Rep. Kay Granger, R-Texas, the committee’s ranking member, Lowey was one of 50 women named to InStyle magazine’s “Badass list” this summer. She launched her congressional career in 1988, when a Jewish man — Lowey doesn’t say who — talked her into running for Congress. The field already included two men. “You’d be the best candidate,” he told Lowey, then a longtime assistant secretary of state for New York. The tale recalled a time when women had to be persuaded to join the political fray. Lowey had emerged as a Jewish leader as a student at Mount Holyoke College. There were religious services for Christians, but not for the Jewish women.

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ARIZONA JEWISH POST, November 8, 2019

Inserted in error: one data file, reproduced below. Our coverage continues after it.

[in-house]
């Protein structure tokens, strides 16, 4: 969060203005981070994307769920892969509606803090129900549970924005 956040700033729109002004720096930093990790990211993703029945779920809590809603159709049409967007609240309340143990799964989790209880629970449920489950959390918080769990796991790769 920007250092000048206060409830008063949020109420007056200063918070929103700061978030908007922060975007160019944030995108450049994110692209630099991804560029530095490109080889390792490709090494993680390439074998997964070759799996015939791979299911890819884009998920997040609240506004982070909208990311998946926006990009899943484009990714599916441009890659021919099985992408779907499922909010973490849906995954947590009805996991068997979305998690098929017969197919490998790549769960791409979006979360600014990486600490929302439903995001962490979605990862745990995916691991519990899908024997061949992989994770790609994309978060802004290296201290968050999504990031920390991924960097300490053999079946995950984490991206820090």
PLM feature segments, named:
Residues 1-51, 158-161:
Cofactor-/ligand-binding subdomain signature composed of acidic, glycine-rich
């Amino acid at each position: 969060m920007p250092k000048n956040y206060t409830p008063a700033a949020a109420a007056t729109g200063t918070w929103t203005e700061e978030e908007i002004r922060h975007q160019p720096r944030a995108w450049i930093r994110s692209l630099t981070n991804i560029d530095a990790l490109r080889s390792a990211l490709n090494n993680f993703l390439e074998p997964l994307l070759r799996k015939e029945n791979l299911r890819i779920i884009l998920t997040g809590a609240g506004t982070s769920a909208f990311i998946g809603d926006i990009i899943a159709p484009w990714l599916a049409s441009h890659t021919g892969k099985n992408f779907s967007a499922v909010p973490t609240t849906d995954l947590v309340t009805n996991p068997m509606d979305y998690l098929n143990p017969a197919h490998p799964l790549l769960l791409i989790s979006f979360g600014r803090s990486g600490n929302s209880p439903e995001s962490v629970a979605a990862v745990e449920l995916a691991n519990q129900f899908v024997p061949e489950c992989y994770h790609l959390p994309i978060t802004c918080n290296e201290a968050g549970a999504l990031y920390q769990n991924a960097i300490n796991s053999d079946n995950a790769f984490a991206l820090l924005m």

“I organized Friday night services for 15 women, and although back in the Bronx I didn’t go to Friday night services, I organized Friday night services and I thought that was important,” she said. Lowey says her Jewish identity as a lawmaker has been defined on the Appropriations Committee, where she became the senior Democrat in 2013 and the committee chair since the beginning of this year. Upon taking the helm, Lowey had the option of chairing a subcommittee. It was narrowed to two choices: Labor, Health and Human Services, which controls $150 billion, including spending on many of the women’s issues she favors, or Foreign Operations, which deals with just over a third of that amount. She chose the latter. “I took that committee because I felt that it was important to make sure that the partnership between Israel and the United States remains strong,” she said. Lowey and Granger have appeared together at annual meetings of the American Israel Public Affairs Committee to argue that bipartisan support for Israel is vital — and more broadly, that foreign aid generally is critical to American security. That position, once mainstream among Republicans, has put Granger at odds with the Trump administration. The New York legislator spoke regretfully of the fraying relations between Democrats and the government of Israeli Prime Minister Benjamin Netanyahu, for which she blames Republicans and also — gently — Netanyahu. She recalled pleading with Netanyahu in 2015 not to accept an invitation from then-Speaker John Boehner to use Congress as a stage to slam President Barack Obama’s efforts to negotiate a deal to curb Iran’s